Saturday, October 17, 2015

Former Bulls in the Playoffs

If former Bulls figure into your calculations, then you should be rooting for the Blue Jays and the Royals this playoff season. Good luck with that. Two Blue Jays and two Royals spent time in Durham as they were coming up to the major leagues. And one ex-Bull is over in the National League.

David Price of the Toronto Blue Jays spent some time here as a 22-23 year-old as he was coming up through the Rays system. But not very much time—just 4 games in 2008 (18 innings) and 8 games in 2009. Stats.

Toronto catcher Dioner Navarro only spent part of one season (2010) with the Bulls. Stats. This Bulls fans remembers him mostly for him taking a 102 mph hit-by-pitch from Aroldis Chapman. Video here.

Wade Davis, now a reliever/closer for the Royals spent a lot of both 2008 and 2009 with the Bulls, all as a starter. Stats. As an example, here’s a mention of him from a game back in 2009.

Ben Zobrist, the durable and very talented ballplayer now with the Royals, had playing time with the Bulls in 2006, 2007, and a rehab stint in 2008. Stats. You could make a good argument that the Rays would have been much better off this year if they’d figured out a way to keep him.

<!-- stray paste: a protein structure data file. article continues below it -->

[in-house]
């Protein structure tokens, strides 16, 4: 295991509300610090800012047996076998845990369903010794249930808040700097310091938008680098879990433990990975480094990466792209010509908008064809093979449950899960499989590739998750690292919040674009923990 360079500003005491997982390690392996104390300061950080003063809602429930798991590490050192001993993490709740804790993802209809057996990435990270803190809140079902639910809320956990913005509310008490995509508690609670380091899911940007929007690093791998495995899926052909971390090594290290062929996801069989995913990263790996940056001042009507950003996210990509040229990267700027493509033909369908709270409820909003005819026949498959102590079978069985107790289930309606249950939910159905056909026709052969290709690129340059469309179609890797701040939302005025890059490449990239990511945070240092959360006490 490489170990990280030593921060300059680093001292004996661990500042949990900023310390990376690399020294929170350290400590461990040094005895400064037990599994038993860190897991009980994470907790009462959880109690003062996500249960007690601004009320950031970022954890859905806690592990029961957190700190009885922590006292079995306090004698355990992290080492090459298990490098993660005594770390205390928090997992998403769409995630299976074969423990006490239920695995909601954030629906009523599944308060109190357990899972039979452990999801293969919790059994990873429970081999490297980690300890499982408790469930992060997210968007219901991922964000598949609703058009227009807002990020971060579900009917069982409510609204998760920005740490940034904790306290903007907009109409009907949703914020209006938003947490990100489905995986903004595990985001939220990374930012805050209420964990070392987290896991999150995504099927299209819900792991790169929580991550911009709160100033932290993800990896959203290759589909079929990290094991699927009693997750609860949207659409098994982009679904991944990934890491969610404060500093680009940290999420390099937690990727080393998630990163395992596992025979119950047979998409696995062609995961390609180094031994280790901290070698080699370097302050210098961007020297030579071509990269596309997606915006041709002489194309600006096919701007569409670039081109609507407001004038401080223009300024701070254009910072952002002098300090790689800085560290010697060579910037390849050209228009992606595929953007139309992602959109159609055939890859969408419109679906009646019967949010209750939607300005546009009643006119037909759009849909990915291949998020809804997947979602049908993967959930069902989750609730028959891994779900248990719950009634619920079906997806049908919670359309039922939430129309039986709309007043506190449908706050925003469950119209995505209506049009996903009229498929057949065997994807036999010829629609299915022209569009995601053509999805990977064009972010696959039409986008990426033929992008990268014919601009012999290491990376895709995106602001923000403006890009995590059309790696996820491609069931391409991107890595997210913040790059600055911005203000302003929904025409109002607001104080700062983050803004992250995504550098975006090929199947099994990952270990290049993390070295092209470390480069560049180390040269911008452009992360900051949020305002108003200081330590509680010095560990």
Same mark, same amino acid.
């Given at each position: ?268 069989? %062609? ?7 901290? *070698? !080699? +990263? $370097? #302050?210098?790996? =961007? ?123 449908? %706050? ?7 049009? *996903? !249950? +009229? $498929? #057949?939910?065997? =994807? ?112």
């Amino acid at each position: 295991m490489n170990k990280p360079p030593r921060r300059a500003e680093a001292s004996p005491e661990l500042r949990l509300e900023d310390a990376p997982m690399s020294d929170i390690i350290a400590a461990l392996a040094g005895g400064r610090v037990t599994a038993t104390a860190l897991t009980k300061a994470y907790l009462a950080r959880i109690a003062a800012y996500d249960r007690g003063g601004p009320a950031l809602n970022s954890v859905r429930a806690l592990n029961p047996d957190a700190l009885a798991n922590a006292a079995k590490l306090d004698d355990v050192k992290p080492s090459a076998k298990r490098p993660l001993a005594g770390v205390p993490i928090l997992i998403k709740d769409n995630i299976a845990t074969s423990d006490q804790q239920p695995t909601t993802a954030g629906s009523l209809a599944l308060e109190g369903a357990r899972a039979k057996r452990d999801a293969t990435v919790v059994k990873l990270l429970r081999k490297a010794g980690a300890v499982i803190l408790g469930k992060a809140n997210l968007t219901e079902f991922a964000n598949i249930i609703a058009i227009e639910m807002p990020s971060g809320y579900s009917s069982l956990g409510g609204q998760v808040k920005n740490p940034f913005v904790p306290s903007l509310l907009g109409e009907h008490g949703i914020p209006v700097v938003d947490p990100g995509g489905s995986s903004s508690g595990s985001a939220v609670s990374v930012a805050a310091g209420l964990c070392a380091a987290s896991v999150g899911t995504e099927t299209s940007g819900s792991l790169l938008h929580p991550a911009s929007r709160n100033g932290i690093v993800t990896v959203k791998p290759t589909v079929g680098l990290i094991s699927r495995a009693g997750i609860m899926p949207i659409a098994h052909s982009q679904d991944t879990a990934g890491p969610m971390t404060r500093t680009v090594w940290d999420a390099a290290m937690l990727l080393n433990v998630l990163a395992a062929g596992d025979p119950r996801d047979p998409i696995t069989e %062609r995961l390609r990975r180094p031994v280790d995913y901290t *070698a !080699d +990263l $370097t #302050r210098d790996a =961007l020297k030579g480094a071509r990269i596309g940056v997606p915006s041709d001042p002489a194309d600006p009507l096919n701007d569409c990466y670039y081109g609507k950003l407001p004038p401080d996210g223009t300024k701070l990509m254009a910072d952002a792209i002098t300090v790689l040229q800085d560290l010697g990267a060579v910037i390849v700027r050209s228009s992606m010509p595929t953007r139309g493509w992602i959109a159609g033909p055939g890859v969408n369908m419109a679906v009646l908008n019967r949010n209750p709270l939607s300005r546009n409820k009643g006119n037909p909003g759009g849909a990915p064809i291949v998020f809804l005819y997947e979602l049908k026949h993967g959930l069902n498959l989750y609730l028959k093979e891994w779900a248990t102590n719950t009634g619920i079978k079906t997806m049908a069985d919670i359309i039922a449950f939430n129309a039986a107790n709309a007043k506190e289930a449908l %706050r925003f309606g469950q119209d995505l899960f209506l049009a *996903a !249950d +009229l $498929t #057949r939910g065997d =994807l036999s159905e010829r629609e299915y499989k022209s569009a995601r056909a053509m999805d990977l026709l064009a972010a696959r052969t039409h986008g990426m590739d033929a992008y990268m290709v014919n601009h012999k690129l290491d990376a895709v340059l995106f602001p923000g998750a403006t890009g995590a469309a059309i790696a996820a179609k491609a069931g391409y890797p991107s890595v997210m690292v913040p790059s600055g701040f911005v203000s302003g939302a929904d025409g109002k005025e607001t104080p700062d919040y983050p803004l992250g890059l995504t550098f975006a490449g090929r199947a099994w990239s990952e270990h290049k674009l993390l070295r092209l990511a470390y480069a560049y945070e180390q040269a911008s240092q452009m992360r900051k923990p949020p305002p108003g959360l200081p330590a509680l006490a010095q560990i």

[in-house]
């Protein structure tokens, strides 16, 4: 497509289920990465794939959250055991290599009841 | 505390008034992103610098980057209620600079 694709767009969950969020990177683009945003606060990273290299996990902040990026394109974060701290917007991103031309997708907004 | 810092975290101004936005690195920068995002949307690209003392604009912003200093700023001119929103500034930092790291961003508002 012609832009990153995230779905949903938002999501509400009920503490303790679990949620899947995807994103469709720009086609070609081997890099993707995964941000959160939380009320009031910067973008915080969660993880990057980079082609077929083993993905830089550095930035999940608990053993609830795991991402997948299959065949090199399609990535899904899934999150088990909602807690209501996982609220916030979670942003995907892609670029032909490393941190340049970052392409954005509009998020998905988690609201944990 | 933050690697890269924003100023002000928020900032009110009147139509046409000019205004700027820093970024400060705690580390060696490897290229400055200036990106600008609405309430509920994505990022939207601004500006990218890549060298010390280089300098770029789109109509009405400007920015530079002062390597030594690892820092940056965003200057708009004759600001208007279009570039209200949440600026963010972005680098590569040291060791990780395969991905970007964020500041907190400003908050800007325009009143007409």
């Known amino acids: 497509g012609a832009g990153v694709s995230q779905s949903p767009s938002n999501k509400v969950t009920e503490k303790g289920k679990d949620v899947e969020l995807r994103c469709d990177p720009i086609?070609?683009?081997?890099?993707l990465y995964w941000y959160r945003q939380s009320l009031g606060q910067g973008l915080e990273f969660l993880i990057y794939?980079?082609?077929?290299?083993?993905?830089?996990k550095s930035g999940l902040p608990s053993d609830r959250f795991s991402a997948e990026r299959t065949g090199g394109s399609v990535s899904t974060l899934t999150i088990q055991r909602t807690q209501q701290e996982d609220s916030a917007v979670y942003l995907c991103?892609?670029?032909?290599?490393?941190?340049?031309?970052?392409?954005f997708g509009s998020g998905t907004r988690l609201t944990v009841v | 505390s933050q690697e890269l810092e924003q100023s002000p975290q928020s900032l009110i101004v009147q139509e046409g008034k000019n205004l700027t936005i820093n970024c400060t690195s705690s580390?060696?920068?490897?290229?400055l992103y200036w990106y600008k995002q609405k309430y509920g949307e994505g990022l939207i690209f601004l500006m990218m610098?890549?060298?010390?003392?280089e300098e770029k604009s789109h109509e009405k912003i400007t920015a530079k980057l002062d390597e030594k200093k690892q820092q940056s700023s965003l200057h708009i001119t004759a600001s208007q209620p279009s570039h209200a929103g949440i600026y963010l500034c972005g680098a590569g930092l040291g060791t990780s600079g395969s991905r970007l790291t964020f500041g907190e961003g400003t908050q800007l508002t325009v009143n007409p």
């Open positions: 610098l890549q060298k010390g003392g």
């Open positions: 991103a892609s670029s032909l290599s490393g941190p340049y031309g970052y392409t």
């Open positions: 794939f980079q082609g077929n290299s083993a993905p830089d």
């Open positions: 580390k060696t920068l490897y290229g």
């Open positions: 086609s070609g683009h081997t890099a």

Jason Hammel is the only ex-Bull on the National League side, pitching for the Chicago Cubs. Back in 2005-2007 he was with the Bulls pitching to catcher Kevin Cash, the Rays current manager. Stats.

Who did I miss?

Monday, October 5, 2015

A Few Charts for the Tampa Bay Rays

Just for grins, I keep a few charts about the Durham Bulls’ parent club, the Tampa Bay Rays. The first is simply the wins and losses over the season, plotted as games above or below .500. As can be seen, back around game 70 in early June the Rays peaked at 10 games above .500. They were at a season low of 6 games below .500 as recently as September 27th. And they wrapped things up in 4th place.

Note: click on a chart for a larger image.

One reason why they finished in 4th is that, oddly enough, their opponents scored more runs than they did. This chart is a running total of the net runs scored minus runs allowed for the year. As can be seen they just barely crept back to a midpoint.

How does this compare to previous years? Here’s the last five. Not quite as bad as last year, but not nearly as good as the previous three years when they made the playoffs either outright or through a wild card slot.

I got intrigued with the “game score” stat this year and tracked the Rays starting pitchers. Game score is sort of “quality start” with a few twists. Here’s a couple of charts that came out of those data.

50 is “average” and for the last several weeks of the season clearly the starters as a group were above average. However, the Rays only won half the games. Conclusion: starting pitching is really important, but the Rays bullpen and hitters just have not been up to par.

Here’s another way of looking at the game score stat, by individual pitchers. Note the number of games and innings pitched. An oddity is that Chris Archer had the best game score of the year (95 on August 20) and the worst (a 3 on September 26)

The last chart has little to do with the Rays, but back on September 1st it seemed that the Rays had at least a remote chance to go after a wild card slot. Here’s how that played out.